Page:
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Russia's Ontological Security: Comparative Narratives of China in SCO and BRICS

Student: Olga Borgolova

Supervisor: Sergei Akopov

Faculty: Saint-Petersburg School of Social Sciences and Area Studies

Educational Programme: Business and Politics in Modern Asia (Master)

Year of Graduation: 2021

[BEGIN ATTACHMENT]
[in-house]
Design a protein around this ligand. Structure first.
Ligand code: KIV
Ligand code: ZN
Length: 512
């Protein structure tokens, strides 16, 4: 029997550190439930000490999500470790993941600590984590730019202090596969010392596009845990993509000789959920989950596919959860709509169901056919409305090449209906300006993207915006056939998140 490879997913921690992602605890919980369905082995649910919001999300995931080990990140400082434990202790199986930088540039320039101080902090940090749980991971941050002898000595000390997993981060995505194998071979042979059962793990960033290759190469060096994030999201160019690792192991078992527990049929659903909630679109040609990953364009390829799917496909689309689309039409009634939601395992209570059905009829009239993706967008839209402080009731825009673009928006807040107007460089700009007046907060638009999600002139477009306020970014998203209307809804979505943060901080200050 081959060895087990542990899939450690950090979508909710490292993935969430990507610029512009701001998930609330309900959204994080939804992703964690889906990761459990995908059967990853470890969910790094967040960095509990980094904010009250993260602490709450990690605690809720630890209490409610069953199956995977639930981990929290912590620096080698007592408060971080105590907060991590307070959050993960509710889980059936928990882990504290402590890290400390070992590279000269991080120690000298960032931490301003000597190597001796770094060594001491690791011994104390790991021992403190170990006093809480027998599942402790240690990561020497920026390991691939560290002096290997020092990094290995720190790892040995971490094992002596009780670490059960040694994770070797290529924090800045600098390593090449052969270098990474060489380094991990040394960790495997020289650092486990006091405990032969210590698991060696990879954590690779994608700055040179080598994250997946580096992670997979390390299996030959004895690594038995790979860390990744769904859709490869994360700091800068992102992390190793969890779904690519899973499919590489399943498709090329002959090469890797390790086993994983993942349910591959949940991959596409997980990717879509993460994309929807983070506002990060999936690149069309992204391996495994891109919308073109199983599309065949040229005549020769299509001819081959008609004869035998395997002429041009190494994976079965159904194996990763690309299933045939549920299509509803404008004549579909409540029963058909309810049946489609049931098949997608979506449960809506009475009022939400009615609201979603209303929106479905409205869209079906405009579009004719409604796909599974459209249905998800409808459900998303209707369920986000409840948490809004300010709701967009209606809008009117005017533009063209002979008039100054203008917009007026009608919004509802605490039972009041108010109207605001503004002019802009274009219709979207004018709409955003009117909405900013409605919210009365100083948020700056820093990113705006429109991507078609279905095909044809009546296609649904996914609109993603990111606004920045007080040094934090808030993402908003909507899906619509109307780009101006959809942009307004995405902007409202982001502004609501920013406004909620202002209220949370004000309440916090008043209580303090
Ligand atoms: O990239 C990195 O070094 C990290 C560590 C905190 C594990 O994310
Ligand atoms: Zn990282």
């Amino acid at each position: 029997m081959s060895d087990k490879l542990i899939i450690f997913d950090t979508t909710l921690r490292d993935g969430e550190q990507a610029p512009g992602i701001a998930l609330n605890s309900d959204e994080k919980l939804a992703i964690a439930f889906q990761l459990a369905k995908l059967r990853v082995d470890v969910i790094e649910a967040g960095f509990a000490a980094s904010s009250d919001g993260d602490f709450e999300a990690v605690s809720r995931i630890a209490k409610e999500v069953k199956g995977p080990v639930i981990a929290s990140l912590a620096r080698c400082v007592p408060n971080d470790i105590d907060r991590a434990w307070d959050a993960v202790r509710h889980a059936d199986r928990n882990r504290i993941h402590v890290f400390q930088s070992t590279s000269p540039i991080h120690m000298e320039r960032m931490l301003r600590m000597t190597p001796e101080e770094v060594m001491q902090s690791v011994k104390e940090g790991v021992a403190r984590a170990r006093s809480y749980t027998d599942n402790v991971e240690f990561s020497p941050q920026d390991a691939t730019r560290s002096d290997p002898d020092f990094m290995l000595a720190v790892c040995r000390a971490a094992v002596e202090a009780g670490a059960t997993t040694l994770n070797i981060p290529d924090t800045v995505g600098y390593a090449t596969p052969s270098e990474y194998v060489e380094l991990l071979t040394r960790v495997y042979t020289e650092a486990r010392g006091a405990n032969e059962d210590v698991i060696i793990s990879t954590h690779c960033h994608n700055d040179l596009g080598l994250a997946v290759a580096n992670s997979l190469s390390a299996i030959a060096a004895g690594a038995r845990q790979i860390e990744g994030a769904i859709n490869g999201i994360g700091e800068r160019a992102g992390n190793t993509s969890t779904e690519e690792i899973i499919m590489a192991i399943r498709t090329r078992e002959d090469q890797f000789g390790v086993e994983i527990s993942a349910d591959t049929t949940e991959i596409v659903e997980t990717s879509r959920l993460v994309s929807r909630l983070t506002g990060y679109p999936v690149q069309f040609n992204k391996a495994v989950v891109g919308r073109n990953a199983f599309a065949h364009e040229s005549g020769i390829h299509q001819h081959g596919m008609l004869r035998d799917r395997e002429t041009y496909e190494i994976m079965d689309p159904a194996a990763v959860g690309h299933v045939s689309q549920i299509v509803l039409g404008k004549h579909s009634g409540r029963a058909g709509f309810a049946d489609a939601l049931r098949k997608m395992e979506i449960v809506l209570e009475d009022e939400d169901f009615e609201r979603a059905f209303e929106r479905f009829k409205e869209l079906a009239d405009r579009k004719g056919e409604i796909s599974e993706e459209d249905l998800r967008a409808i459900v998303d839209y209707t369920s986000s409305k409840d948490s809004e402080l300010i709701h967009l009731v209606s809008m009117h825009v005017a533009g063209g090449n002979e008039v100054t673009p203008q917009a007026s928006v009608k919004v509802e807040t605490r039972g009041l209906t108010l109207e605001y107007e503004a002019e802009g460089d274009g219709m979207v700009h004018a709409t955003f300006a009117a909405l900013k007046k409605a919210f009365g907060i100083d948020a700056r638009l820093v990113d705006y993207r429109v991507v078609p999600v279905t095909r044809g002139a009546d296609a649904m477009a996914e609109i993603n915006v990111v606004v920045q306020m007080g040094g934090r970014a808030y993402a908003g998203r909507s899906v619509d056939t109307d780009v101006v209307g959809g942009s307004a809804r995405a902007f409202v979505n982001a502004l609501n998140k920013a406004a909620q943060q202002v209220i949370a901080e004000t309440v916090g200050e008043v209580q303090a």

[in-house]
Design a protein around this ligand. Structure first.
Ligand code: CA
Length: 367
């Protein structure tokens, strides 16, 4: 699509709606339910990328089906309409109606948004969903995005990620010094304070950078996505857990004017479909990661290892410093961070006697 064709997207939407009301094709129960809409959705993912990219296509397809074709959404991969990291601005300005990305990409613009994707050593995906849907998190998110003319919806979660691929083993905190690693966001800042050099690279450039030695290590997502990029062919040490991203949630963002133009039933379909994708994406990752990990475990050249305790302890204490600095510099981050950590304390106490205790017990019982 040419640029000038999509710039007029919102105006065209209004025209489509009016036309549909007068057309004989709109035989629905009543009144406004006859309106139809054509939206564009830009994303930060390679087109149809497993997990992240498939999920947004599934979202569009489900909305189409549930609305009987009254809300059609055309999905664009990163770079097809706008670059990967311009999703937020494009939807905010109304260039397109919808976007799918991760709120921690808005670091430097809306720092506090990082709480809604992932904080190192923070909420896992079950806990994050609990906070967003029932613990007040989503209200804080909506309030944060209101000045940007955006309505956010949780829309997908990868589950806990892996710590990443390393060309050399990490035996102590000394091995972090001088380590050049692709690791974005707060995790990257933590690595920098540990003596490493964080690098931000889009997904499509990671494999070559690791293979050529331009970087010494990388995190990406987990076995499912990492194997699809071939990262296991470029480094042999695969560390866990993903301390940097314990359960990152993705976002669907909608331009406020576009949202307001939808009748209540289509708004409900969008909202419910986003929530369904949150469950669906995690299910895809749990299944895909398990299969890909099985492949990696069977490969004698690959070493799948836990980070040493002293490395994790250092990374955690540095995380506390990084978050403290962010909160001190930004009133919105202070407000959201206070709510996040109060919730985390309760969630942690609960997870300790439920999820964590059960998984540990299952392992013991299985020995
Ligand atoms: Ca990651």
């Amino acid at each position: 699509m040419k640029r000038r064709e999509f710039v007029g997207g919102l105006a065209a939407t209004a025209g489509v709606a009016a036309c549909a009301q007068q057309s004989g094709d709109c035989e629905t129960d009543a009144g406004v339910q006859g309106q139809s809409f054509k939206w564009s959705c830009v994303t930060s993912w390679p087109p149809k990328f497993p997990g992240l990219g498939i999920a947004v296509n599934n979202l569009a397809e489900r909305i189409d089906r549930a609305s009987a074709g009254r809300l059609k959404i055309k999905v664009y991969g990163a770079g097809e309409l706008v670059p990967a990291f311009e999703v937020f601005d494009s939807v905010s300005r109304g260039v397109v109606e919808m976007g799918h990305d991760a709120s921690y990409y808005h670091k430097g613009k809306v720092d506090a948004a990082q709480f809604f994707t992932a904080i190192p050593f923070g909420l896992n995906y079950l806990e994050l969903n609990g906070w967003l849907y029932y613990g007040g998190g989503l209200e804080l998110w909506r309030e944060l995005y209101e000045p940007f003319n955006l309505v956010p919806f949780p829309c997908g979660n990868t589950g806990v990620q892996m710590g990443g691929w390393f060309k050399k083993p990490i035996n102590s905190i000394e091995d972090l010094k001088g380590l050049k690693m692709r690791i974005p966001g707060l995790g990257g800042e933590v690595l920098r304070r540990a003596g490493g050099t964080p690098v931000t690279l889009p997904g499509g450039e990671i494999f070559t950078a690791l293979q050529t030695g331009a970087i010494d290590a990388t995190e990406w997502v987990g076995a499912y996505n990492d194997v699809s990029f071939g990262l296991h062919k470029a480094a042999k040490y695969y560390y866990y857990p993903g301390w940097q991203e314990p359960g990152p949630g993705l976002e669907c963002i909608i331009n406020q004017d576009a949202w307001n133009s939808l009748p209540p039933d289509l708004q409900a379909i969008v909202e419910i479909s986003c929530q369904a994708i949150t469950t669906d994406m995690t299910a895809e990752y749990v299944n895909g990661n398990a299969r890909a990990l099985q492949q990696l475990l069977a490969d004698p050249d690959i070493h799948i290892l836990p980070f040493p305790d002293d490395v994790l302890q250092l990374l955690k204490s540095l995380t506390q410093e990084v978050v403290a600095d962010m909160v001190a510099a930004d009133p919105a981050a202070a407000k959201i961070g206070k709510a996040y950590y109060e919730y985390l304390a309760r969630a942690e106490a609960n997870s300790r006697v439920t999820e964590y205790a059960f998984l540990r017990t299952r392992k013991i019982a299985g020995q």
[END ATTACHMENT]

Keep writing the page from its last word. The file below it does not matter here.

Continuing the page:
In my scientific inquiry, I focus on analyzing Russia’s position dedicated to bilateral cooperation with China. Russia-China bilateral relations are widely taken to be one of the critical synonyms to Eurasian interaction. Since both states promote closer and more open regional cooperation, such international formats as the SCO and BRICS have become platforms to implement the idea. To study the SCO and BRICS in my research, I pay attention to Russian foreign policy think tanks and their expertise. It should be noted that Russian narratives of China and the bilateral cooperation within the SCO and BRICS are not homogeneous. There is as much inspiration as there is anxiety. I use textual data from Russian major foreign policy publications think tanks to reveal discursive frames, narratives, and cognitive connections between them. Additionally, I compare the narratives about China’s role in the SCO and BRICS. Furthermore, I conduct interviews with experts from the think tanks to figure out whether they consider Russia ontologically secured or not when dealing with China in the SCO and BRICS. I come up with the idea that the narratives of China’s role in the SCO and BRICS serve the purpose of Russia’s ontological security. The concept relies on associating the sense of continuity and order in international relations with a state’s self-identity.

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